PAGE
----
Albert Goetze Jr.

[Age 84] A World War II veteran, he was honored by Gov. Parris N. Glendening for his devotion to the welfare of the bay.

September 02, 2007|By Jacques Kelly | Jacques Kelly,Sun reporter

Albert F. Goetze Jr., a decorated World War II veteran who headed his family's meatpacking business and later became an advocate for the Chesapeake Bay, died of cancer Aug. 25 at his St. Michaels home. He was 84.

Born in Baltimore and raised in Mayfield, he was a McDonogh School graduate. He left his studies at Cornell University to enlist in the Army. He was assigned to an infantry unit fighting in Europe during World War II.

According to notes Mr. Goetze kept, he fought continuously from November 1944 through February 1945 in Belgium and Germany. As a 22-year-old private, he described a "hell before us" as he and his company attempted to cross the Siegfried Line while being shelled by German Panzer tanks in the Battle of the Bulge. When his superiors were killed in heavy fighting, he received a battlefield promotion to technical sergeant and platoon leader.

Mr. Goetze was hit by enemy fire and lost a finger while carrying ammunition bandoleers to his fellow soldiers.

Awarded the Purple Heart, he was also given the Bronze Star for "heroic service, courage and initiative in assisting in the capture of a German officer under fire."

Decades later, he was a founding member of the Military Order of the Purple Heart on the Eastern Shore.

After the war, he returned to Cornell, earned a degree in mechanical engineering and joined his family's business, Albert F. Goetze Inc., a meatpacking company founded by his father that once employed about 1,000 people.

He spent most of his career in manufacturing and operations management at its Belair Road and Sinclair Lane plant, and oversaw equipment involved in ham, sausage, scrapple and frankfurter making. He became the firm's president and in 1968 was elected president of the Eastern Meat Packers Association.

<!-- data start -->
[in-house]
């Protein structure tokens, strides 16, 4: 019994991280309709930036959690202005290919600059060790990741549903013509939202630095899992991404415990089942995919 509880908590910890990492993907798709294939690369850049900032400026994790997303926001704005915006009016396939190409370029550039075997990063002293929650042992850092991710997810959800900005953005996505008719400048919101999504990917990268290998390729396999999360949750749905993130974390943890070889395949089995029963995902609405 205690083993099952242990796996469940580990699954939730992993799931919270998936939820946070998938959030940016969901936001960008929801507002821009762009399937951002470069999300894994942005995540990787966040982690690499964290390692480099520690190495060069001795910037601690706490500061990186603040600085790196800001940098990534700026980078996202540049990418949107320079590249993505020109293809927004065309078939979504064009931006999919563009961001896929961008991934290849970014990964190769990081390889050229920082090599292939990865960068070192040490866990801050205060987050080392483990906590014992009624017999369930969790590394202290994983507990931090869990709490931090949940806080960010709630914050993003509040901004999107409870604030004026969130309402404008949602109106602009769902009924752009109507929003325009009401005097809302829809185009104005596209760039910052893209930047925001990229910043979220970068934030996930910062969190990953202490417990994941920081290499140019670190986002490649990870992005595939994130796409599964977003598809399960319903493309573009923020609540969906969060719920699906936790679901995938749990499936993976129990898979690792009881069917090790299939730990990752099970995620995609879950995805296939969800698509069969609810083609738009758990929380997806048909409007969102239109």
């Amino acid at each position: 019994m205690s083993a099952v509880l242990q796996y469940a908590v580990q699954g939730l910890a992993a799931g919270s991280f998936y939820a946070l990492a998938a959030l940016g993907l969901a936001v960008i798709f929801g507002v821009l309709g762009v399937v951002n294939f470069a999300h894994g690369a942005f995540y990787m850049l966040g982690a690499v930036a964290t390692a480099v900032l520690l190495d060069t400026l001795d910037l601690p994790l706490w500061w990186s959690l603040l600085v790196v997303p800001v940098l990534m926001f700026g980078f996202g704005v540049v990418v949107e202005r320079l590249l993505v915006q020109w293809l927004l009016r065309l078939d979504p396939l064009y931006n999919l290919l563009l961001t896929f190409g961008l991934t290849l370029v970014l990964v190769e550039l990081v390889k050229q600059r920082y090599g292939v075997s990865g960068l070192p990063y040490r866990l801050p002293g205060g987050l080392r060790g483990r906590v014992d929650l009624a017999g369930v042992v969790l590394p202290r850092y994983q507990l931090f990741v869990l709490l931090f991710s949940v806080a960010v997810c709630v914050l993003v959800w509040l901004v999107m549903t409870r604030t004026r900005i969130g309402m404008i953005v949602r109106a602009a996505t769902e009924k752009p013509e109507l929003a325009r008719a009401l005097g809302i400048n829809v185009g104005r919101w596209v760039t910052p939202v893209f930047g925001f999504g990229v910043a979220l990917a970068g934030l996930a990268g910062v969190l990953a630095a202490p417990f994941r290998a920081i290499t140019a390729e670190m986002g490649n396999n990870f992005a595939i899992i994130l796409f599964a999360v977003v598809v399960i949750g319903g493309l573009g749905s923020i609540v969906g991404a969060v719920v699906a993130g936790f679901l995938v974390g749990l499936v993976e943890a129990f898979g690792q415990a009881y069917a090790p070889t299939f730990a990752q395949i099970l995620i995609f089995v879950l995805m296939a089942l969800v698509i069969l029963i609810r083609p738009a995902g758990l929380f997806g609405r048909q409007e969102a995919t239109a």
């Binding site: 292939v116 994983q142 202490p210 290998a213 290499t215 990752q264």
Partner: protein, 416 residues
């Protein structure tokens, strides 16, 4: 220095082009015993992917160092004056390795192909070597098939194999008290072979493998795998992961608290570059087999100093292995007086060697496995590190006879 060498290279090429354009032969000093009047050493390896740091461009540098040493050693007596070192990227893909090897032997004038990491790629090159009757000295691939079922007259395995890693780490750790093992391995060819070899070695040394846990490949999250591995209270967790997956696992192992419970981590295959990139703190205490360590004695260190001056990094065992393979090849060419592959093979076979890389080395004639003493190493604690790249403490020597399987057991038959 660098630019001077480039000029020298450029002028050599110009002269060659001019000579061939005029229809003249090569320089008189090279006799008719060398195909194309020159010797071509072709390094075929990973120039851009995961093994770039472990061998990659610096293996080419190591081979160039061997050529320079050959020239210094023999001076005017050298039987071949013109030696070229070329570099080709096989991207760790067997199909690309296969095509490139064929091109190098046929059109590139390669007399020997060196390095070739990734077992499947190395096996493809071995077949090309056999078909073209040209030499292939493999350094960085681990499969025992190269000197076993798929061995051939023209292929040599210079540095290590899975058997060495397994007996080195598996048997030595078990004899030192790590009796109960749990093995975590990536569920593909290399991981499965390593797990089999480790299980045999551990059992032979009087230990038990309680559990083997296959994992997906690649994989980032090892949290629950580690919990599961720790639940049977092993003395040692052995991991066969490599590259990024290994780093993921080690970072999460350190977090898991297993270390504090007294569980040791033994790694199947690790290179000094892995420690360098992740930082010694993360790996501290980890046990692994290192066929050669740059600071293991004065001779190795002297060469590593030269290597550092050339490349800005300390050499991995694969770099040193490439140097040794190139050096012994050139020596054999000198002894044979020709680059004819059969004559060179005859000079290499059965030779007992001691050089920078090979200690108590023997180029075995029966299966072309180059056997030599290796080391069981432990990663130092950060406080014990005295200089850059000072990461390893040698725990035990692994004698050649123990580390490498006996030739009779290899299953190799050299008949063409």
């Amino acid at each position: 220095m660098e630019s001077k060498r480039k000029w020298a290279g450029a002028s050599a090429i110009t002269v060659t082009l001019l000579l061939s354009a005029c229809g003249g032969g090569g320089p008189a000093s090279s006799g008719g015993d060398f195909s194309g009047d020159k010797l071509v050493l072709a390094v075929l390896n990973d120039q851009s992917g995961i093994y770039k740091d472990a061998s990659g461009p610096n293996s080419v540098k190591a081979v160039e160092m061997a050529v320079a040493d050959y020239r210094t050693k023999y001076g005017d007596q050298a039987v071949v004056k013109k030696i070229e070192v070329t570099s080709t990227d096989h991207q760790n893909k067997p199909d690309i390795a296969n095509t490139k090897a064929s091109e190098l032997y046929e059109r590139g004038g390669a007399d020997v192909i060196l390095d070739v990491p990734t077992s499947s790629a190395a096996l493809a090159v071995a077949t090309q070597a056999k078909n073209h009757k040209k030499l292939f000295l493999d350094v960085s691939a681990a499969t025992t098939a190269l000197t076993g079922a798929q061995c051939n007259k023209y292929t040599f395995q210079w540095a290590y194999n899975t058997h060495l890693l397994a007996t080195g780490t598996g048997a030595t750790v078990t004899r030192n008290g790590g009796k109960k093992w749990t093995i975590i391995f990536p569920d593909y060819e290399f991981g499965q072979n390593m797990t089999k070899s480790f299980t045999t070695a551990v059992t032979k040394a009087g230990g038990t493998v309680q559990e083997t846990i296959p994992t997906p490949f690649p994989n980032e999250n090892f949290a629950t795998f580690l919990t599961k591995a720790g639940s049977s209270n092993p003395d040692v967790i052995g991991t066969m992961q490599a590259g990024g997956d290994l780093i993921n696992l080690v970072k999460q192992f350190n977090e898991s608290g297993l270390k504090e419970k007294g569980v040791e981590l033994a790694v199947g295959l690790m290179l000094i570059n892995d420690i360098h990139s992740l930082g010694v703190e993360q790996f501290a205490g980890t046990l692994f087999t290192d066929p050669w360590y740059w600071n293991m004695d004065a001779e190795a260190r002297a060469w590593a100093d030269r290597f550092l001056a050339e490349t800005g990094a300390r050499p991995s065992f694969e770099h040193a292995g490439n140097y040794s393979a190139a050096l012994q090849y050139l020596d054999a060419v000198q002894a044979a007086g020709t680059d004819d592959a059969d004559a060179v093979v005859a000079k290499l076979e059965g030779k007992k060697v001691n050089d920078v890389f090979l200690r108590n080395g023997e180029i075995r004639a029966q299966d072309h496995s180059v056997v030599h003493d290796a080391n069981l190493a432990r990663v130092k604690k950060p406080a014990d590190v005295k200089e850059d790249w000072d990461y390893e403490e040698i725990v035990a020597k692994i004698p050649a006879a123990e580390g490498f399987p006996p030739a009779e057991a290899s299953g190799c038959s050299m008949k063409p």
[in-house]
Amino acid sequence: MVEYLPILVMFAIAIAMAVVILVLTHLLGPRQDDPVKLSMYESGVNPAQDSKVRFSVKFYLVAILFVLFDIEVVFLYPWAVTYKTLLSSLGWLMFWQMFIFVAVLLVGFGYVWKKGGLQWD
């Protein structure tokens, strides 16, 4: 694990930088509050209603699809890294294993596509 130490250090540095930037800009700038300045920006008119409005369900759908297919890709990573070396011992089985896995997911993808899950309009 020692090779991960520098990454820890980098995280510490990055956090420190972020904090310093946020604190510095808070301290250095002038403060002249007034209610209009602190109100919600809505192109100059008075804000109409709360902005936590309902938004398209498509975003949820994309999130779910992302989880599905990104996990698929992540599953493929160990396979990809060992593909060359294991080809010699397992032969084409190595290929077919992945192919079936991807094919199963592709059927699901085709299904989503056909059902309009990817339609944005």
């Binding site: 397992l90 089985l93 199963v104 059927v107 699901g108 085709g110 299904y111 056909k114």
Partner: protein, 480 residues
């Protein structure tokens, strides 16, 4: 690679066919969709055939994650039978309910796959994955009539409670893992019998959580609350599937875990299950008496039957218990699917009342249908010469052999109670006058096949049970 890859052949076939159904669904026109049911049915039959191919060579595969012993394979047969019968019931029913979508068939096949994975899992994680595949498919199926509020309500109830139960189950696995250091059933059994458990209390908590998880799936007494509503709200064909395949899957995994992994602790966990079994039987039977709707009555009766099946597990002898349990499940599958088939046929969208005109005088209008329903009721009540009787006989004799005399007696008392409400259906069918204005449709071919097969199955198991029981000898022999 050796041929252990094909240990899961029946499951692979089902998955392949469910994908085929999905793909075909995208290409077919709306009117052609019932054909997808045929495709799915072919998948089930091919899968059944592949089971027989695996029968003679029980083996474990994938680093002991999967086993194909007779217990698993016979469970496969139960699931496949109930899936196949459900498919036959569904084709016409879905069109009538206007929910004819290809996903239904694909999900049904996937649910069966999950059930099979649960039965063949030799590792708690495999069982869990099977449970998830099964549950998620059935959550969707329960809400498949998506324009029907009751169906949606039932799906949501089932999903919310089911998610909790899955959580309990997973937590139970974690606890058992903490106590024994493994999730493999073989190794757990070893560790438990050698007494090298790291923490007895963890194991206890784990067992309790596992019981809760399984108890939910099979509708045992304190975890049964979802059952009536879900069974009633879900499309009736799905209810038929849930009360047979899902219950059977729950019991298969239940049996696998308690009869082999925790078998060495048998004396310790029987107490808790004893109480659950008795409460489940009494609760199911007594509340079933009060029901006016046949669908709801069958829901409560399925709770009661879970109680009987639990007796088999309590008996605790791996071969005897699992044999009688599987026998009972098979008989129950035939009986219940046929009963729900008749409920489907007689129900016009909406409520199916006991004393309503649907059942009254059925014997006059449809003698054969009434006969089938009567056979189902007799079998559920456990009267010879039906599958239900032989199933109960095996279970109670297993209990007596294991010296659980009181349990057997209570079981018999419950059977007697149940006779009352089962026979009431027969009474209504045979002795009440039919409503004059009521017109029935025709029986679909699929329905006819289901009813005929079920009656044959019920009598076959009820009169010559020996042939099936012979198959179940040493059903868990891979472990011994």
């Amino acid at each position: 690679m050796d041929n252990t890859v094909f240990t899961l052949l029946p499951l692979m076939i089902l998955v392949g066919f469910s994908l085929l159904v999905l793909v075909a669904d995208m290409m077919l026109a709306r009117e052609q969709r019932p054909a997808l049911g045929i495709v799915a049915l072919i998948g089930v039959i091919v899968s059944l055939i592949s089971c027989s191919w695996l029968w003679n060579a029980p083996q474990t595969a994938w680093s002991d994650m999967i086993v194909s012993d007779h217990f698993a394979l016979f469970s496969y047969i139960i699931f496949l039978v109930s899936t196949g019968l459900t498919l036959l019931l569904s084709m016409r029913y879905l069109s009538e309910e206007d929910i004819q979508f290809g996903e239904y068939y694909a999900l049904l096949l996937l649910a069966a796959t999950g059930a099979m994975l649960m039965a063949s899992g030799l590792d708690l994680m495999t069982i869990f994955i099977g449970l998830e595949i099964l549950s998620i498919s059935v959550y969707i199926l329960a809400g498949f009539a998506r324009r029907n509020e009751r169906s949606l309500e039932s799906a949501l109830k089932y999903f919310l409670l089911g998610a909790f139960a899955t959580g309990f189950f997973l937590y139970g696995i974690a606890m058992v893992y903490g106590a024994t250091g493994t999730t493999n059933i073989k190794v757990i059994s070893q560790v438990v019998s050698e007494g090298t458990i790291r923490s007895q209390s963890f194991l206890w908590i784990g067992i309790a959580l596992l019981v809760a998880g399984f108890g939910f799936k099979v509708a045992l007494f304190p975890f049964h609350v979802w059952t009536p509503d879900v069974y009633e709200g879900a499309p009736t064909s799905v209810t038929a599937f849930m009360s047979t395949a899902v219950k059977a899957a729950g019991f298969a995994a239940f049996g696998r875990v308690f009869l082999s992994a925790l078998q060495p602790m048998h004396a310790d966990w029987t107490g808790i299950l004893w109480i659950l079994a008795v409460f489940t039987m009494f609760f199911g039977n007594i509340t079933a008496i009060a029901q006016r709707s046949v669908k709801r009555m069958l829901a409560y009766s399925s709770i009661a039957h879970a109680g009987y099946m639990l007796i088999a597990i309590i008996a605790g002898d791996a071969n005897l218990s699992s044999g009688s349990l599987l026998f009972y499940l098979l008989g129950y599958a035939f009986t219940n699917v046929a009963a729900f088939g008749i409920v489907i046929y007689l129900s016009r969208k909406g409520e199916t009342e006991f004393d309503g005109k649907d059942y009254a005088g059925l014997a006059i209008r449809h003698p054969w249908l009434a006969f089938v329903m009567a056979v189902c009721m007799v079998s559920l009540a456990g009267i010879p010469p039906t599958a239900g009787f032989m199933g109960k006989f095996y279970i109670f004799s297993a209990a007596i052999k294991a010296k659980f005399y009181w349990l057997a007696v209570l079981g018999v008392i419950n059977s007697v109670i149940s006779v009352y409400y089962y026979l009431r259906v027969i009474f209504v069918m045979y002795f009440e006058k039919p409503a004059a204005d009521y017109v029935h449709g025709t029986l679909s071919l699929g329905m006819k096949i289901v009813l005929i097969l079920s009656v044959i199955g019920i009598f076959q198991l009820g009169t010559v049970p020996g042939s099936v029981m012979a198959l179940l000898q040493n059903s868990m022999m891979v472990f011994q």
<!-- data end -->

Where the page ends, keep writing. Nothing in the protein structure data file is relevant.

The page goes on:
He closed the plant in the mid-1970s.

In 1980, he moved to a farm on the Tred Avon River.

"As a child, he spent his summers at Sherwood Forest and he loved the bay - for the beauty, the sport and the abundance it had to offer. When he saw its decline, he devoted his time and energy to working on environmental issues," said his son, Albert F. Goetze III of Peru, Vt.

Mr. Goetze was a Chesapeake Bay Foundation trustee for 18 years and worked to help preserve supplies of bay fish, including striped bass, flounder, yellow perch, shad and menhaden.

Mr. Goetze organized fellow owners of the Great Fox Island Gunning Club, at Pocomoke and Tangier Sounds, to donate the island to the Bay Foundation as a way to protect the wetlands and use it for educational programs.

Gov. Parris N. Glendening awarded him a citation in recognition of his dedication to the welfare of the bay and its tributaries.

He served on the Atlantic States Marine Fisheries Commission and the Mid-Atlantic Regional Fishery Management Council, and was a founding member of the Maryland Chapter of the Coastal Conservation Association. He was also an organizer of the Talbot Rivers Protection Association.

While living in Baltimore, he attended Second Presbyterian Church, serving as trustees chairman and ruling elder.

A memorial service will be at 11 a.m. Sept. 10 at the Christ Episcopal Church in St. Michaels, where he was a member.

In addition to his son, survivors include his wife of 60 years, the former Barbara Ann Hendrickson; three daughters, Linda G. Clary of Easton, Marcia G. Haggie of Millington and April G. Snyder of Freeland; a brother, Robert C. Goetze of Oxford; nine grandchildren; and two great-grandsons.

jacques.kelly@baltsun.com

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